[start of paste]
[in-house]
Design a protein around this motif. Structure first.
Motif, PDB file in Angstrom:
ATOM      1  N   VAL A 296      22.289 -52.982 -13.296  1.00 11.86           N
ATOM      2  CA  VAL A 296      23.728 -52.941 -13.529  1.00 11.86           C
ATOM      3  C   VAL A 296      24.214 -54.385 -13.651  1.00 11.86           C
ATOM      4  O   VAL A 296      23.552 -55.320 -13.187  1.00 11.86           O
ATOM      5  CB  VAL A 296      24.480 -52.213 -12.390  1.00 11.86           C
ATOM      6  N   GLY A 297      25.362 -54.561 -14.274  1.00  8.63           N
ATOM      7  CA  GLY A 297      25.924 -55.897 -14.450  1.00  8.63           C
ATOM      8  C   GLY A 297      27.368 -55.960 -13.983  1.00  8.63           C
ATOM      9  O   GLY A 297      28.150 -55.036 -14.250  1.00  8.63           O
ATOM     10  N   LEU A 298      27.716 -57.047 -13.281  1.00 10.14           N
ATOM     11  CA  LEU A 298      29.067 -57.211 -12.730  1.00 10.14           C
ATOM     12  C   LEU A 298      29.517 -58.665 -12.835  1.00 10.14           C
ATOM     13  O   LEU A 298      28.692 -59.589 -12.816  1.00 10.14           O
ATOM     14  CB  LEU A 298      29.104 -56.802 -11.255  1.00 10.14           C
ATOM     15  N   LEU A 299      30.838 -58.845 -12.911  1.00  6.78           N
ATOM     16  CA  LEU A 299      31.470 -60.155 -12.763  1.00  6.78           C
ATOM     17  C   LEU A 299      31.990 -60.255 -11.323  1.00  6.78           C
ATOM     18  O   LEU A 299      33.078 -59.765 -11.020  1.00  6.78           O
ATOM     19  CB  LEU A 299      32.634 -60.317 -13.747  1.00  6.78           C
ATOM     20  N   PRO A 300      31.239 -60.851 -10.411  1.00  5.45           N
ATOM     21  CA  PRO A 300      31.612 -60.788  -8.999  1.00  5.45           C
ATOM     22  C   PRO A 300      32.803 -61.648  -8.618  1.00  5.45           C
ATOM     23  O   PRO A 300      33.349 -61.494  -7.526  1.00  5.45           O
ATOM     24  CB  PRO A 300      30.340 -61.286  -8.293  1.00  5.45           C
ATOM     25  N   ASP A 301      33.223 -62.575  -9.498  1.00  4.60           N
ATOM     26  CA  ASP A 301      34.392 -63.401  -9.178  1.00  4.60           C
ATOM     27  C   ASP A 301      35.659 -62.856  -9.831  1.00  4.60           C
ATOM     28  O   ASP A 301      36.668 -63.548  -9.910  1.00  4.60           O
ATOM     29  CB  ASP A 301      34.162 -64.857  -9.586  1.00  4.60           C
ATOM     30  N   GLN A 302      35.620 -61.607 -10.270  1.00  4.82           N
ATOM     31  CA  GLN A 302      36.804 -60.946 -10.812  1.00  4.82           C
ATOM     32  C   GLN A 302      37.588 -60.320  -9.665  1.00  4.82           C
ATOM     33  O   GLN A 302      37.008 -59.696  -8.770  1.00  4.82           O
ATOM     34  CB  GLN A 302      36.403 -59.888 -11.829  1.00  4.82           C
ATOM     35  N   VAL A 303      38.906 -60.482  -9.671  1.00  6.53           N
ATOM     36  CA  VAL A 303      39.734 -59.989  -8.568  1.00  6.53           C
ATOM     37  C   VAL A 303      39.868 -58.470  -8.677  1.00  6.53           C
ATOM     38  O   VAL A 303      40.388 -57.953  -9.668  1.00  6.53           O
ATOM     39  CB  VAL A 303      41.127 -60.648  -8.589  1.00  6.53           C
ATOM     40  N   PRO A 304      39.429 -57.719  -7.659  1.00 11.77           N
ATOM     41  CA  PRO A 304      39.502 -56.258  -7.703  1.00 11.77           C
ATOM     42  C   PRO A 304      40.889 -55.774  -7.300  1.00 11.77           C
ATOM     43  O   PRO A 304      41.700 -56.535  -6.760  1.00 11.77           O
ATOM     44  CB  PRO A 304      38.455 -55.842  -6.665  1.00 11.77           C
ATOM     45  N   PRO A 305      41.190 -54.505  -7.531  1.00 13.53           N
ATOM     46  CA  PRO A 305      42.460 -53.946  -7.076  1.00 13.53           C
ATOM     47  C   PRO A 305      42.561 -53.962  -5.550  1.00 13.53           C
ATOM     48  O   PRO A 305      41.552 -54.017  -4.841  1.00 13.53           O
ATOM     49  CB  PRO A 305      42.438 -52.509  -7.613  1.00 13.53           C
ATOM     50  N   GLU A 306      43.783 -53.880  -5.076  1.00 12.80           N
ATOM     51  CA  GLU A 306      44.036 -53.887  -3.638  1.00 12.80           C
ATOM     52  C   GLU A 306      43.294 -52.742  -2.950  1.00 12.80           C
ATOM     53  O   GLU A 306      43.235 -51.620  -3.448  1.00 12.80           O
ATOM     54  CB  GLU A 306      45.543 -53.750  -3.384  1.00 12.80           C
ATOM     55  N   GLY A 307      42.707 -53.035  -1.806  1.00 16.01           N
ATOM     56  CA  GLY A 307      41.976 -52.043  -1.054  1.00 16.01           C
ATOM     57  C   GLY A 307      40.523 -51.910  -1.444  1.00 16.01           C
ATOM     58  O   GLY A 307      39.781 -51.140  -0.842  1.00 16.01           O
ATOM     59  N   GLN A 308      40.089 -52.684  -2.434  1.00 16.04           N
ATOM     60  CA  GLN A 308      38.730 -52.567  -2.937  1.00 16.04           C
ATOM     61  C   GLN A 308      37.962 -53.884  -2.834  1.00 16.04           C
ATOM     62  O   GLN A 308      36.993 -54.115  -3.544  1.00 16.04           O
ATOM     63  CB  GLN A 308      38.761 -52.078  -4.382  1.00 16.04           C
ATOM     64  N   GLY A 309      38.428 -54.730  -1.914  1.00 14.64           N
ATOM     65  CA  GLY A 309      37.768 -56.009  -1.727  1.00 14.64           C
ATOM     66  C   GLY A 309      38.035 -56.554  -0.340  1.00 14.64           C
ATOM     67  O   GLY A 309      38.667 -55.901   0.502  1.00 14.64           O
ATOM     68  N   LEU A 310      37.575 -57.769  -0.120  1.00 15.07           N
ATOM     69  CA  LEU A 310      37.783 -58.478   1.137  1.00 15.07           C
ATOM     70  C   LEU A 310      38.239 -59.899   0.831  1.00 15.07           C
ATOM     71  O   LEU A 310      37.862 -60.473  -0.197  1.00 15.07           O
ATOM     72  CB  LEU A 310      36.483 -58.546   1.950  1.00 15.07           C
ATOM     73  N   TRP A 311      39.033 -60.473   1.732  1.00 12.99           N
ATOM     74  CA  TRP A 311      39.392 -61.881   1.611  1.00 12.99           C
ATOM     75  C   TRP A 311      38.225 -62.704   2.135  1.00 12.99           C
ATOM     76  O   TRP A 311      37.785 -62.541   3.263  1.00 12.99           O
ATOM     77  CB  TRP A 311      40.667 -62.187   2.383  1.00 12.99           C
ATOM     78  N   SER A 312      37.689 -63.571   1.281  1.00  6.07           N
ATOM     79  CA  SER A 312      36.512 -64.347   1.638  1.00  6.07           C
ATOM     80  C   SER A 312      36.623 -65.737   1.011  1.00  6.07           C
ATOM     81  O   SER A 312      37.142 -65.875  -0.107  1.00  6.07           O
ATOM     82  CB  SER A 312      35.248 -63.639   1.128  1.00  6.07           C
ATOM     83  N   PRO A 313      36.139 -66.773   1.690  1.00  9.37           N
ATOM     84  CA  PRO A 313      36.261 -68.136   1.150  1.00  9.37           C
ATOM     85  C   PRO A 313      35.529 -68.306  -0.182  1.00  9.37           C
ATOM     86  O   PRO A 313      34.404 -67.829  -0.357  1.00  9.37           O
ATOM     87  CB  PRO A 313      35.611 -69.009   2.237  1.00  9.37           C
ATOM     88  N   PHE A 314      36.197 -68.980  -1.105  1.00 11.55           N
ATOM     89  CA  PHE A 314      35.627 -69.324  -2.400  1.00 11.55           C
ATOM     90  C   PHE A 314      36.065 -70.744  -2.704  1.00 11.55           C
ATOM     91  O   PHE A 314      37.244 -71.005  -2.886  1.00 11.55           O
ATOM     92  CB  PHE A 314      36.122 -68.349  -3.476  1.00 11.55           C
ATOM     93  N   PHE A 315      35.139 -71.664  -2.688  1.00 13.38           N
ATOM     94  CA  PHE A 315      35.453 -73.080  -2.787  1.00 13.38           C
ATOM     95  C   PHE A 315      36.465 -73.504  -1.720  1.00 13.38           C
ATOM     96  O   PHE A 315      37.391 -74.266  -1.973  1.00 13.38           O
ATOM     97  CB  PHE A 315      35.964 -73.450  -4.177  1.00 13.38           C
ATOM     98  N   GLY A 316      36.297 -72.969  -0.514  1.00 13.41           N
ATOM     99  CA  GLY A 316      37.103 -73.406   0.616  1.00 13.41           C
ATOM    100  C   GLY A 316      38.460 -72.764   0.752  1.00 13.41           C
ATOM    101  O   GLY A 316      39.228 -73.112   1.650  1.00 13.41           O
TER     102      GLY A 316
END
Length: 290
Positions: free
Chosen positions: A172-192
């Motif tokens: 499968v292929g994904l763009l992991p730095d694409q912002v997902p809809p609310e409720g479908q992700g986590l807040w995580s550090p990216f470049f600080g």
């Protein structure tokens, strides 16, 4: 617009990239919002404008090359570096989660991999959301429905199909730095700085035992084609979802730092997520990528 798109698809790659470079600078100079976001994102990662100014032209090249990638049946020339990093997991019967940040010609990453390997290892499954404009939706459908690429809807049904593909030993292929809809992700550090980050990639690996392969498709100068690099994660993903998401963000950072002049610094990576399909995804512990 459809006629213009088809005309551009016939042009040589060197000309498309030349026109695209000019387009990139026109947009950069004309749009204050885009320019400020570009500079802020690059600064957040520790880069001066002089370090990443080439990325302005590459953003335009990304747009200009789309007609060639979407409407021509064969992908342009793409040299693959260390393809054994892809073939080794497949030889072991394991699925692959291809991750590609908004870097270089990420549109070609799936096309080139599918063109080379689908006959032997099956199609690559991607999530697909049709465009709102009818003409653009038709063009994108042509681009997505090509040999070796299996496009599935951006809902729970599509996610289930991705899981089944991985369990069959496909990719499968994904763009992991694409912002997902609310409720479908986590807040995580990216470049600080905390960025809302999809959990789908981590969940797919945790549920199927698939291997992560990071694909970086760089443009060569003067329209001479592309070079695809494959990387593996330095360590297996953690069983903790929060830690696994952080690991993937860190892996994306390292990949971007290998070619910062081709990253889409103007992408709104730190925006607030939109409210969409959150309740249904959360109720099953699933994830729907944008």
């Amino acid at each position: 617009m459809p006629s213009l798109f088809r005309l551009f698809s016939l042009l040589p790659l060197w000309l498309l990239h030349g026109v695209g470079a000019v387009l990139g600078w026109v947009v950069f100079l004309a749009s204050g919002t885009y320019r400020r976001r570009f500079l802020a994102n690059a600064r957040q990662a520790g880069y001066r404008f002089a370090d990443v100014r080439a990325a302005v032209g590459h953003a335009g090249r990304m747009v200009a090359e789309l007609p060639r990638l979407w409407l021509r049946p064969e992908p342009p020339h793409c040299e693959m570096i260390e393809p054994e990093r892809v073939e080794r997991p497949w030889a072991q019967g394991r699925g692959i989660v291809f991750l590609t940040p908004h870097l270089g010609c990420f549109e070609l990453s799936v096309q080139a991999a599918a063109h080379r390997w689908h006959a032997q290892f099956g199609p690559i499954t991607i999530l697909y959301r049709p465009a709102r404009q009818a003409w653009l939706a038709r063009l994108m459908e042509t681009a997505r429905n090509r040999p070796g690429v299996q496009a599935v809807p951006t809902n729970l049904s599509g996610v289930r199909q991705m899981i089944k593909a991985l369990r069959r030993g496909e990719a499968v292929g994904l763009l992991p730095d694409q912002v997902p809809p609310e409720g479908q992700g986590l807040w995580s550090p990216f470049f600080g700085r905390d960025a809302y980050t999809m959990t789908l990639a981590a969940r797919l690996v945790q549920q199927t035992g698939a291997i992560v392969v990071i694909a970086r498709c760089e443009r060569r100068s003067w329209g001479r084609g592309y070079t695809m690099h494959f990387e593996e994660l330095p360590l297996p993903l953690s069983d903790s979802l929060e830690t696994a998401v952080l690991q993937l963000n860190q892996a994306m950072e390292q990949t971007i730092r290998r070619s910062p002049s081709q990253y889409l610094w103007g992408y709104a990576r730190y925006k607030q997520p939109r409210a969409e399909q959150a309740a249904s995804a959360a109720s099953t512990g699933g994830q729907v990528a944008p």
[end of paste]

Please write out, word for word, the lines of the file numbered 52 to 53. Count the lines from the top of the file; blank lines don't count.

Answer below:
ATOM     49  CB  PRO A 305      42.438 -52.509  -7.613  1.00 13.53           C
ATOM     50  N   GLU A 306      43.783 -53.880  -5.076  1.00 12.80           N